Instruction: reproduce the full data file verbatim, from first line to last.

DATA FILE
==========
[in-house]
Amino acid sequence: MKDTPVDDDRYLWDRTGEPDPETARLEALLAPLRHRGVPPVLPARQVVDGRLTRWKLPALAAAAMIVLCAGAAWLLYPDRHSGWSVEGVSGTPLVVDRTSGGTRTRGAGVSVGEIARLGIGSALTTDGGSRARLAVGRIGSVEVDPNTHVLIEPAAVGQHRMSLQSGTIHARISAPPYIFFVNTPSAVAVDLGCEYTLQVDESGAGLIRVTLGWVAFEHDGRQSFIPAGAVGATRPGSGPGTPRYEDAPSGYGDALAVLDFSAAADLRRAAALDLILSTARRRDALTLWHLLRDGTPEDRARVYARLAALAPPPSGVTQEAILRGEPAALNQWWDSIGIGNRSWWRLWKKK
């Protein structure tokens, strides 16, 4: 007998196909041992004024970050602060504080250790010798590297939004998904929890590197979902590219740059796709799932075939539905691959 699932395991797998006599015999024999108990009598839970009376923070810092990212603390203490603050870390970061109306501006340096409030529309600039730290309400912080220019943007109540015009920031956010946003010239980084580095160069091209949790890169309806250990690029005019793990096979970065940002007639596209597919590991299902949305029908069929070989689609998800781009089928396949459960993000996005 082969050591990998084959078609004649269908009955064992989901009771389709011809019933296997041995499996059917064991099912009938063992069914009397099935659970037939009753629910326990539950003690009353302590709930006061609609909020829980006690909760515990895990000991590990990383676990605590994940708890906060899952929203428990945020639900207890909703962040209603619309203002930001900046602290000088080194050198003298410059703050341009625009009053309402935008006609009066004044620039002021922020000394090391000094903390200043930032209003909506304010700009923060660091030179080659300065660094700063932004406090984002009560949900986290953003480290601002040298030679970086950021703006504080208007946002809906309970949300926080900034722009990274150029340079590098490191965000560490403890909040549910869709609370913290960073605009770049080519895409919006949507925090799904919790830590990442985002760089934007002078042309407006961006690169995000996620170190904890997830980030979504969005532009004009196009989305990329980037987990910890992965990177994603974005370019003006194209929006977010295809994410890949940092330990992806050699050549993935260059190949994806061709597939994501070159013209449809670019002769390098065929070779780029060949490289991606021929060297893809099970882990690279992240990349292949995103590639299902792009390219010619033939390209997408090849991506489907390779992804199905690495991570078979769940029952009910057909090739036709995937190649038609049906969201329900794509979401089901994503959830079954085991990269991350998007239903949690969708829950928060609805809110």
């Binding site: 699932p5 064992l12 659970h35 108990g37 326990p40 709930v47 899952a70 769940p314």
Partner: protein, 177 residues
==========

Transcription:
[in-house]
Amino acid sequence: MKDTPVDDDRYLWDRTGEPDPETARLEALLAPLRHRGVPPVLPARQVVDGRLTRWKLPALAAAAMIVLCAGAAWLLYPDRHSGWSVEGVSGTPLVVDRTSGGTRTRGAGVSVGEIARLGIGSALTTDGGSRARLAVGRIGSVEVDPNTHVLIEPAAVGQHRMSLQSGTIHARISAPPYIFFVNTPSAVAVDLGCEYTLQVDESGAGLIRVTLGWVAFEHDGRQSFIPAGAVGATRPGSGPGTPRYEDAPSGYGDALAVLDFSAAADLRRAAALDLILSTARRRDALTLWHLLRDGTPEDRARVYARLAALAPPPSGVTQEAILRGEPAALNQWWDSIGIGNRSWWRLWKKK
């Protein structure tokens, strides 16, 4: 007998196909041992004024970050602060504080250790010798590297939004998904929890590197979902590219740059796709799932075939539905691959 699932395991797998006599015999024999108990009598839970009376923070810092990212603390203490603050870390970061109306501006340096409030529309600039730290309400912080220019943007109540015009920031956010946003010239980084580095160069091209949790890169309806250990690029005019793990096979970065940002007639596209597919590991299902949305029908069929070989689609998800781009089928396949459960993000996005 082969050591990998084959078609004649269908009955064992989901009771389709011809019933296997041995499996059917064991099912009938063992069914009397099935659970037939009753629910326990539950003690009353302590709930006061609609909020829980006690909760515990895990000991590990990383676990605590994940708890906060899952929203428990945020639900207890909703962040209603619309203002930001900046602290000088080194050198003298410059703050341009625009009053309402935008006609009066004044620039002021922020000394090391000094903390200043930032209003909506304010700009923060660091030179080659300065660094700063932004406090984002009560949900986290953003480290601002040298030679970086950021703006504080208007946002809906309970949300926080900034722009990274150029340079590098490191965000560490403890909040549910869709609370913290960073605009770049080519895409919006949507925090799904919790830590990442985002760089934007002078042309407006961006690169995000996620170190904890997830980030979504969005532009004009196009989305990329980037987990910890992965990177994603974005370019003006194209929006977010295809994410890949940092330990992806050699050549993935260059190949994806061709597939994501070159013209449809670019002769390098065929070779780029060949490289991606021929060297893809099970882990690279992240990349292949995103590639299902792009390219010619033939390209997408090849991506489907390779992804199905690495991570078979769940029952009910057909090739036709995937190649038609049906969201329900794509979401089901994503959830079954085991990269991350998007239903949690969708829950928060609805809110």
């Binding site: 699932p5 064992l12 659970h35 108990g37 326990p40 709930v47 899952a70 769940p314």
Partner: protein, 177 residues